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FAO and its strategies for women’s resilience to climate change

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FAO and its strategies for women’s resilience to climate change

Rural women, no doubt, play key roles in conserving biodiversity as they play a leading role as ecosystem guardians – an important factor in the fight against climate change.

In light of the above, the FAO Subregional Office for West Africa, in collaboration with country offices, organized a panel to share adaptation strategies to improve women’s resilience to climate change on International Women’s Rights Day under the theme: Gender equality today for a sustainable future.

About 100 guests from all categories actively participated and proposed effective actions to address climate change for the purpose of optimizing women’s contribution in the agriculture sector. They also called on all stakeholders to continue their commitment to gender equality and women’s empowerment, particularly in the context of women’s participation and leadership in climate negotiations.

The panel discussion emphasized that promoting gender equality in the context of climate change and disaster risk reduction is one of the greatest global challenges of the 21st century.

Through this panel, FAO Subregional Office for West Africa also shared its achievements in enabling women to engage in climate change action by building their resilience while calling for more action to increase women’s participation in leadership roles.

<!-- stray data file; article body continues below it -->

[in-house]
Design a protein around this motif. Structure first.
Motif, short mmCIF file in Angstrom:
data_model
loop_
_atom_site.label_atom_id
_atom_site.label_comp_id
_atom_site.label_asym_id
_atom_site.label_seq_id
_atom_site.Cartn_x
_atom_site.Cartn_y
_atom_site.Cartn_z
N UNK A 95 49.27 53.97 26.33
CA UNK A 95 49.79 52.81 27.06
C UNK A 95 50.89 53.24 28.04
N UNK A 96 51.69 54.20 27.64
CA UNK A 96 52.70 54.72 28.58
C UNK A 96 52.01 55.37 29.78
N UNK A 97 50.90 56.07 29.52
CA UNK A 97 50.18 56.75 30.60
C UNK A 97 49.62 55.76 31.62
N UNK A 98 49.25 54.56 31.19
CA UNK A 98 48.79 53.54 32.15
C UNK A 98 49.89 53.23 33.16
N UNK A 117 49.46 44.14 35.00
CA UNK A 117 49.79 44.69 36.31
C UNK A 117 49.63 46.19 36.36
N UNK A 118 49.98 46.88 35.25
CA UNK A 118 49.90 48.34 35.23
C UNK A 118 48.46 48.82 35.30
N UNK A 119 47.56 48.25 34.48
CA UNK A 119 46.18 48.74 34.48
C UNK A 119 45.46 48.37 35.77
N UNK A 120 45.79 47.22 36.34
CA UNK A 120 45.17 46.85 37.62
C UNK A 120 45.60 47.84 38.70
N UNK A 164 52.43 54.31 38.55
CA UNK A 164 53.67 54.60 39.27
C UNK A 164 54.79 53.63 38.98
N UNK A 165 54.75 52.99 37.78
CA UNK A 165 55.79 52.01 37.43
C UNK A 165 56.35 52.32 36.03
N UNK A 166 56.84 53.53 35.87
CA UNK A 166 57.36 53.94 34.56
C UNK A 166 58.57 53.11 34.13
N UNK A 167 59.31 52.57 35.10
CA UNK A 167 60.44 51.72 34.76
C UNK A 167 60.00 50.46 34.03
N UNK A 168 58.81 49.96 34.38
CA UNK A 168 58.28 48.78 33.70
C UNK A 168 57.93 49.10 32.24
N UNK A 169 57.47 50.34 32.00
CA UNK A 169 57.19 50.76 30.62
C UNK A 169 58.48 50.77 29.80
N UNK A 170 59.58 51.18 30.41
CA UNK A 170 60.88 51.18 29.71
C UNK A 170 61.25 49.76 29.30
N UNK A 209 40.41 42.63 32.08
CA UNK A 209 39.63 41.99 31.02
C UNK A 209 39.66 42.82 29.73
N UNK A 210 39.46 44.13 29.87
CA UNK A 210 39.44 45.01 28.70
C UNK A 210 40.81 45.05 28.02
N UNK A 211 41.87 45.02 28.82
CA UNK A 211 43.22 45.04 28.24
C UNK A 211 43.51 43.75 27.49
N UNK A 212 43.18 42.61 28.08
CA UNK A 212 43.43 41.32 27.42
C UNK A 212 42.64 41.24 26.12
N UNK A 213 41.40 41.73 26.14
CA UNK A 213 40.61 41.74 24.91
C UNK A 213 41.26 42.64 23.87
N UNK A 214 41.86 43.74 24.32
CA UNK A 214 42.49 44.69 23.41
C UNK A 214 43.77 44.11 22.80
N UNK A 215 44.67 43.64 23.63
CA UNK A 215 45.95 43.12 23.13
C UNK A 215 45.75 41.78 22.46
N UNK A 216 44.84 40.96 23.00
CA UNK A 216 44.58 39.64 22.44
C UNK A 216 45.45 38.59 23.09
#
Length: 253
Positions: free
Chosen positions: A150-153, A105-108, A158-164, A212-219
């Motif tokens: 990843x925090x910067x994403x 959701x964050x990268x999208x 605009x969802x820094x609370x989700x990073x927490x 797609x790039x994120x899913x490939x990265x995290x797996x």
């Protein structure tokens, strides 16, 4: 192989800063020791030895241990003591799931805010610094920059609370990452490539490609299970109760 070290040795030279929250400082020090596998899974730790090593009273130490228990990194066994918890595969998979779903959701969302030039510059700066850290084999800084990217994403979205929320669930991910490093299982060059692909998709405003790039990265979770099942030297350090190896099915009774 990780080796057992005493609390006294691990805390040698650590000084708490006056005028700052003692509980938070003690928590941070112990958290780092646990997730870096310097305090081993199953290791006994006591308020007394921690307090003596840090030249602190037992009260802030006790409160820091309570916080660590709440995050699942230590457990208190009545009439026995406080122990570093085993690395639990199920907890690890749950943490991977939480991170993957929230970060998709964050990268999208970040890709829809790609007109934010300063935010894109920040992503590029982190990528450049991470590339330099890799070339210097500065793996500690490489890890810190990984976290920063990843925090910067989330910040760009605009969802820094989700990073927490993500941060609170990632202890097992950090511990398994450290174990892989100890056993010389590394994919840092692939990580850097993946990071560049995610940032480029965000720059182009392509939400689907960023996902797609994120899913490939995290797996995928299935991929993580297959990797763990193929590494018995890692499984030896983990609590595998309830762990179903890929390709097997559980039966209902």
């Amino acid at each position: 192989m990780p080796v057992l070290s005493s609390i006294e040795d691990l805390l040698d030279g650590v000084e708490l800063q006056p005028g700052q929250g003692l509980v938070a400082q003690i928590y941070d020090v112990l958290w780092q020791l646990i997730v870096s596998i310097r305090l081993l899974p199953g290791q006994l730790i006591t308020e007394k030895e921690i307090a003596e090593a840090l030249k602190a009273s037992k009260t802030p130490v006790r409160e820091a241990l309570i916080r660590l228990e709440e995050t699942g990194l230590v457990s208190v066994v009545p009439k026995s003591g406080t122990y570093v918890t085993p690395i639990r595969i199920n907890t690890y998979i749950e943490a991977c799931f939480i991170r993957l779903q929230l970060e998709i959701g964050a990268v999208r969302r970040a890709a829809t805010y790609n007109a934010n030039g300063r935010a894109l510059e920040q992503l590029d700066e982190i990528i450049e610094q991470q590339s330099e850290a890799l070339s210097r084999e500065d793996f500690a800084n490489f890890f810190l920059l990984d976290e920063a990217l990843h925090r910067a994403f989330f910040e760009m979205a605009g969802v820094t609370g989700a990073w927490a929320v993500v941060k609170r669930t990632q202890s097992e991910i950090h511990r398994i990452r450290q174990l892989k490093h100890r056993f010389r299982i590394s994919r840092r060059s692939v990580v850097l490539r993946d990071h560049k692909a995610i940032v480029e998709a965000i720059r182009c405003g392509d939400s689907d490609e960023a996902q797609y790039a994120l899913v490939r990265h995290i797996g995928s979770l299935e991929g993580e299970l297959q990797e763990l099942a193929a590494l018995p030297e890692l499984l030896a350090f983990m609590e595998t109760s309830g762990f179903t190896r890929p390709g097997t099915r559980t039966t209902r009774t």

In this regard, FAO is on the right track as indicated by the Sub-regional Coordinator for West Africa and FAO Representative in Senegal, Dr. Gouantoueu Robert Guéi:

“FAO is supporting countries and strategic partners to make the transition to climate-smart agriculture in a gender-sensitive manner, through the adoption of an integrated approach that simultaneously addresses various structural gender issues.

FAO also supports the integration of gender issues into climate change policies in the agricultural sectors, in particular in the implementation of nationally determined contributions, national adaptation plans, and national agricultural investment plans”.

Speaking on the impacts of climate change on women, Dr. Yacine Ndeye N’Dour, Climate Change Expert at the FAO Country Office in Senegal who is one of the panelists at the meeting, said,

“They are particularly affected by the impacts of climate change due to limited access to and control over key resources for adaptation and limited participation in decision-making processes.

Similarly, they do not have equal access to the productive resources needed for agricultural livelihoods and are often the last to eat when food is scarce.”

Noting the disparity in vulnerability between men and women, Ms. Madeleine Sarr, Head of the Climate Change Division at the Directorate of the Environment and Classified Establishments of Senegal who is also the second panelist, said,

“Women are more vulnerable than men to the effects of climate change, as they constitute the majority of the world’s poor and are more dependent on natural resources threatened by climate change”.

She further presented global texts and declarations that take into account women’s rights.

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